- The Labor Department’s Trade Adjustment Assistance fund…has been around since the early 1960s, and in recent years has paid upwards of $11,500 per eligible person for training. But a 2012 assessment of the program found that, four years after completing training, only 37 percent of its employed participants were working in their targeted industries.
- The trade-assistance program is just one of 47 federal job-training programs across nine agencies that the Government Accountability Office identified in a 2011 report. Most were tiny and mainly served the unemployed struggling to find work. The Workforce Innovation and Opportunity Act signed by President Obama in 2014 was a bipartisan attempt aimed at consolidating the hodgepodge of programs.
- Entire occupations and industries are expanding and contracting at an alarming pace, and the skills needed to keep up in almost any job are churning at an increasingly faster rate. As a result, there is often a gap between the jobs employers need to fill at a given moment and the skills of available workers.
- Federal retraining programs remain rooted in the industrial era in which they were created and have largely failed to evolve with the global information-based economy in which technical know-how trumps muscle.
- “In previous decades, we’d have down cycles where workers were laid off and then they’d be called back,” said Mary Alice McCarthy, the director of the Center on Education & Skills at the left-leaning think tank New America. “Now there is a restructuring in most industries where people aren’t ever going to be called back or ever find jobs in that industry again—and we don’t have training systems that allow for that.”
- Workers who have been laid off through corporate downsizing or because their jobs were shipped to a foreign country don’t want to dedicate the time and effort needed to go through retraining without the pledge of a sure-fire job with the same or a better paycheck.
- The federal government has called for better cooperation between industry and community colleges in designing programs that prioritize what it refers to as “demand-driven training,” so that dislocated workers aren’t learning skills that are outdated by the time they graduate.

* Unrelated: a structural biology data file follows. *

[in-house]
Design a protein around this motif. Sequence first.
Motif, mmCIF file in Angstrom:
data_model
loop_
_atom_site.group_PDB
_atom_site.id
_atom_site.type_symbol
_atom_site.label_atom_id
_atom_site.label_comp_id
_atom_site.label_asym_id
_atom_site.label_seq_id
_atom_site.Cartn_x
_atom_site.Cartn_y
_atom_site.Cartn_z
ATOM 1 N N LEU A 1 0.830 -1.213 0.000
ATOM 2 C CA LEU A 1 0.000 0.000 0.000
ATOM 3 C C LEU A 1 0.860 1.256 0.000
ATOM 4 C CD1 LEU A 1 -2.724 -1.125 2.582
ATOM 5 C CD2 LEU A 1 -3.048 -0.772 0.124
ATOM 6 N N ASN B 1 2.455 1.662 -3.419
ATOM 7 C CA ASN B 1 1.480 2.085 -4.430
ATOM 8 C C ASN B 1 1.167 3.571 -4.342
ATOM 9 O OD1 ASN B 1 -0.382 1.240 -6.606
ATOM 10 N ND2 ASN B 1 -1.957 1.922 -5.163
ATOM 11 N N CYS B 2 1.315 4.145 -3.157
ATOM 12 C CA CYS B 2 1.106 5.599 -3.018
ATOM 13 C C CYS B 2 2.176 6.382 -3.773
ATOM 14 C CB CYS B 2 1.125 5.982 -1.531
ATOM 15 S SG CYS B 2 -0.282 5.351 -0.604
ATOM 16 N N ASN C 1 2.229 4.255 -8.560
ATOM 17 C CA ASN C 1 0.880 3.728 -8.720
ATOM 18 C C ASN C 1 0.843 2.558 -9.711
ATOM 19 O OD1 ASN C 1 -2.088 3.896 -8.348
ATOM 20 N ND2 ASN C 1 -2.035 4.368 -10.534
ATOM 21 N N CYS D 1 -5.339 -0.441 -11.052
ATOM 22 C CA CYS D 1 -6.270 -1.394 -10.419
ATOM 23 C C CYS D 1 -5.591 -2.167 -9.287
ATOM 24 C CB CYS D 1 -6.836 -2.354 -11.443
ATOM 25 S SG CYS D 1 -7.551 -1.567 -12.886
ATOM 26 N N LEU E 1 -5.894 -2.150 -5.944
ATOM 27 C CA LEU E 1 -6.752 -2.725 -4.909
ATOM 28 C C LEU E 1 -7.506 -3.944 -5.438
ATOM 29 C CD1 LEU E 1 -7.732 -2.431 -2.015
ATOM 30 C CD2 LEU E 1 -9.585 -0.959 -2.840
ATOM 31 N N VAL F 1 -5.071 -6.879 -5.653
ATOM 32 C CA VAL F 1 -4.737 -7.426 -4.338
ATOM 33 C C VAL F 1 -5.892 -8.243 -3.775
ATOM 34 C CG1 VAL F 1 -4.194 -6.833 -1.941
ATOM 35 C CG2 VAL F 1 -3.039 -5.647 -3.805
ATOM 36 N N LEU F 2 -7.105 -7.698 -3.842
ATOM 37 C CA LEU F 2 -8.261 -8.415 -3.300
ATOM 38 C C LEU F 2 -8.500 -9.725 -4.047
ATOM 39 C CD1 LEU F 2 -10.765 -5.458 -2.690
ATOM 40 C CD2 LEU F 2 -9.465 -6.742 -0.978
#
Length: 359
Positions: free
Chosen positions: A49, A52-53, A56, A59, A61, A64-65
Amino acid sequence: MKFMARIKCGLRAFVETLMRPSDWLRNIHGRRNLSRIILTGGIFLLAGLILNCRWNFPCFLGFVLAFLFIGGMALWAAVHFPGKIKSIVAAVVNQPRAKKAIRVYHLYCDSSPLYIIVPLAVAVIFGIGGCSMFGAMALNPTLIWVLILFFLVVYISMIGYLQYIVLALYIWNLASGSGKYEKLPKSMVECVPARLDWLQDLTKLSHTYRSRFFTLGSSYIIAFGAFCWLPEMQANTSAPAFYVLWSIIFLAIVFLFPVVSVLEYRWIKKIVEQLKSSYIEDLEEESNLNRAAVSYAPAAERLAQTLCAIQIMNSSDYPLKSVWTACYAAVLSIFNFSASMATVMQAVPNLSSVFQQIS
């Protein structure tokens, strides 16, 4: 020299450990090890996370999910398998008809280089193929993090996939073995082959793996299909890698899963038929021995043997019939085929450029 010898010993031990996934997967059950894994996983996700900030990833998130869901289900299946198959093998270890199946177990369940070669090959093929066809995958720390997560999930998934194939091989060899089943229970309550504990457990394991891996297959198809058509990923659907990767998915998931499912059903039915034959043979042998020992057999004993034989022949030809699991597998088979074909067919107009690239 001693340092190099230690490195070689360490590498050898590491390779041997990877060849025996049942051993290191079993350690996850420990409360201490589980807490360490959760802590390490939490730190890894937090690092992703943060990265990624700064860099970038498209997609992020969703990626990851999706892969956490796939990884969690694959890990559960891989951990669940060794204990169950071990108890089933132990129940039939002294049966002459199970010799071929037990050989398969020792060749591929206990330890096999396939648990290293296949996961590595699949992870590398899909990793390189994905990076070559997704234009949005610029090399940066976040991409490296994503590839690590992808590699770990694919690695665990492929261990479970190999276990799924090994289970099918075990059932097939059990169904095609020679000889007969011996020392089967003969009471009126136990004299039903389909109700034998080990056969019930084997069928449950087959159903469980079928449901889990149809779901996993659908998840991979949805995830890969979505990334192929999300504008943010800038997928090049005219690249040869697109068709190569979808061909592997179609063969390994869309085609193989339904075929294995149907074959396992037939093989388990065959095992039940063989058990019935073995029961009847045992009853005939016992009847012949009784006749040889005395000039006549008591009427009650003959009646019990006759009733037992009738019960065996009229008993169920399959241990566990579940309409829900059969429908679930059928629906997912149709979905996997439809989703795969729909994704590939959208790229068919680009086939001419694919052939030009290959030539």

- Speed matters when it comes to enrolling into training programs workers who were recently laid off. A significant delay—a wait of a year or more—often permanently hinders a worker’s chances at finding a new career and limits his or her lifetime earnings.
- Retraining is most successful when workers actually start it before they leave their old job. “If you wait until they are out of a job, the emotion of losing a job comes into play; they start to get accustomed to not working, they get rusty,” said Jane Oates, who was an assistant secretary in the Labor Department during the Obama administration.
- A major development is that the pathway to retraining these days almost always runs through a college campus. Even most manufacturing jobs now demand some sort of education after high school. But many of the workers who require retraining dropped out of college, if they went at all. Perhaps the biggest hurdle in retraining displaced workers is that some of them have little interest in going back to school.
“We’re not a training nation”
Anthony Carnevale, research professor and director of the Georgetown University Center on Education and the Workforce, sums things up quite simply: “We’re not a training nation.”
Having served on President George W. Bush’s White House Commission on Technology and Adult Education and on President Bill Clinton’s National Commission on Employment Policy, Carnevale is all too familiar with the passes as training workers in the U.S.
“We spend $6 billion, $7 billion on [the Workforce Innovation and Opportunity Act],” he said during an interview with The Atlantic. “If we were funding it at the same service level we funded [the Comprehensive Employment and Training Act] during the Carter administration, it would be at $30 billion. We shifted from training during the Clinton administration, which decided, during the second term, that training wasn’t working. It was too narrow.”
“The training budget in the U.S. government is $8 billion, and the government and families spend over $500 billion dollars on college education. The model in America is “high school to Harvard.”
Clinton’s second term began in 1996; that’s over two decades of less than zealous attention toward training.
All of which means that some 14 million unemployed may be looking at a less than zealous training experience.